device devotee.

Device Devotee: Playstation 4 or Xbox One?

2014-01-21T03:00:00Z Device Devotee: Playstation 4 or Xbox One?By Travis Kipper nwitimes.com
January 21, 2014 3:00 am  • 

I am sure you fine folks have heard about the new Xbox One and the PlayStation 4, the most recent gaming systems to hit the market. (According to a recent study by the Entertainment Software Association, 37 is the average age of a game player and 41 is the average age of a game buyer.) But the important question is which is better?

When the first Microsoft Xbox debuted it was met with criticism; for the first time a heavy hitter from the computer world decided to branch out and create its own gaming console. It was a huge success, and Microsoft soon launched the Xbox 360. That was eight years ago, though, and now the Xbox 360 has been replaced by the all new Xbox One.

The new system is reminiscent of the original Xbox, with massive, bold design that makes it stand out on your entertainment system.

Xbox One features a 500GB hard drive, an 8 core Jaguar CPU and 8GB of ram. The way to imagine it best is having a computer tower hooked up to your television, desperately trying to do everything from turning the channel to actually playing games. The system functions by using the gamer’s voice as well as a controller. However, both forms of control are tricky and when you add the Kinect that comes standard with the system, headaches are ahead for sure.

With every new system, the companies that make games are playing their own game of catchup. Some new games look gorgeous and sharp, while others just seem like faster versions of the games we played on Xbox 360.

Now the other guy.

PlayStation 4 is the latest and greatest game console from the Japanese powerhouse of electronic gadgets and goodies, Sony.

The first PlayStation came to us in 1994 and since then has become a household name for gaming. This year Sony updated its now 7-year-old PlayStation 3 with a much slimmer, more angular system they predictably named the PlayStation 4.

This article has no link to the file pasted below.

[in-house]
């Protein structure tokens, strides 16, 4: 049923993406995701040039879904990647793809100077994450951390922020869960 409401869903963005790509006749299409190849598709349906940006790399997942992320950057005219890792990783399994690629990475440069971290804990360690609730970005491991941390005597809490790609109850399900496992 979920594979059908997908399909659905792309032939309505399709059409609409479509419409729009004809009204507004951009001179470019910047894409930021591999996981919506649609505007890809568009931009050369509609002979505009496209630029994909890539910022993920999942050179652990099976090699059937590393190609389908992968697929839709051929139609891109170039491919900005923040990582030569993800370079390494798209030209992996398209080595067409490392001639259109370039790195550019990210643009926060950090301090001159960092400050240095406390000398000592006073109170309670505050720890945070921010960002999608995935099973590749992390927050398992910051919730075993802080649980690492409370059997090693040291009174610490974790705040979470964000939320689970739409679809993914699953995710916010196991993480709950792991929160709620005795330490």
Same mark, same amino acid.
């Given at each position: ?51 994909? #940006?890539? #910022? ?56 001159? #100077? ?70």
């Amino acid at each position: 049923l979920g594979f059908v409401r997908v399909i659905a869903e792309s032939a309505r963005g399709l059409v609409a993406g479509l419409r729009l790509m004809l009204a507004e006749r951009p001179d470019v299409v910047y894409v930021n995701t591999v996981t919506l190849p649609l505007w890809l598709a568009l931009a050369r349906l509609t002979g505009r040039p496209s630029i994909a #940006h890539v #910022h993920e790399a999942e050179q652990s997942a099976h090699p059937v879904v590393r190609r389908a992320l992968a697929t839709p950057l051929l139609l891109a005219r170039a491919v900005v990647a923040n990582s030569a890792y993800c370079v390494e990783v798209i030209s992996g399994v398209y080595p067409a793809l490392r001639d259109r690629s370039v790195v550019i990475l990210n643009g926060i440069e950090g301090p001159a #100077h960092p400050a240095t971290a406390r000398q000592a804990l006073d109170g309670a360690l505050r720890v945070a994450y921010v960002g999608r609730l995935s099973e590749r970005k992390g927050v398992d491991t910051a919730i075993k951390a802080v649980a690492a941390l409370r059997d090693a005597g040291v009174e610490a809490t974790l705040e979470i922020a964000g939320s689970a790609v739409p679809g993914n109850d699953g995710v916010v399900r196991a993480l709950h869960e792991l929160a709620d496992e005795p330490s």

Much like the Xbox One, the new system features an 8-core AMD Jaguar processor with AMD Radeon GPU, 500GB hard drive and 8GB of ram. Sony has a record of not always choosing the best move to keep customer retention; they made the system non-backwards compatible, meaning you can’t play old games on this new system. So if you have a gamer in your family, tell them not to rush tossing the old system out of the window if they have older games they would like to play.

Sony’s internet connectivity has become a point of emphasis; not being able to run 802.11 ac wifi or 5Ghz wifi isolates the new system from its competitor. While the system can stream its PS4 games to Sony PlayStation Vita portable gaming console, the system’s user interface can be clogged when searching for titles. It more than makes up for it with speed. Finally, the system comes with its own camera. and although it is much more basic than Microsoft’s Kinect game console, it has limited voice controls and no clear function in its games.

Though each system has its share of quirks, there are pros and cons with both systems—the most evident is the price. Xbox One comes in at a high price of $499 while the PS4 is $100 the less. If the consumer was to look at the overall amount of functions each can perform, the price becomes clear.

With Sony and Microsoft fighting over your television and home entertainment system, the only choice is what would you rather stare at for the next eight years.

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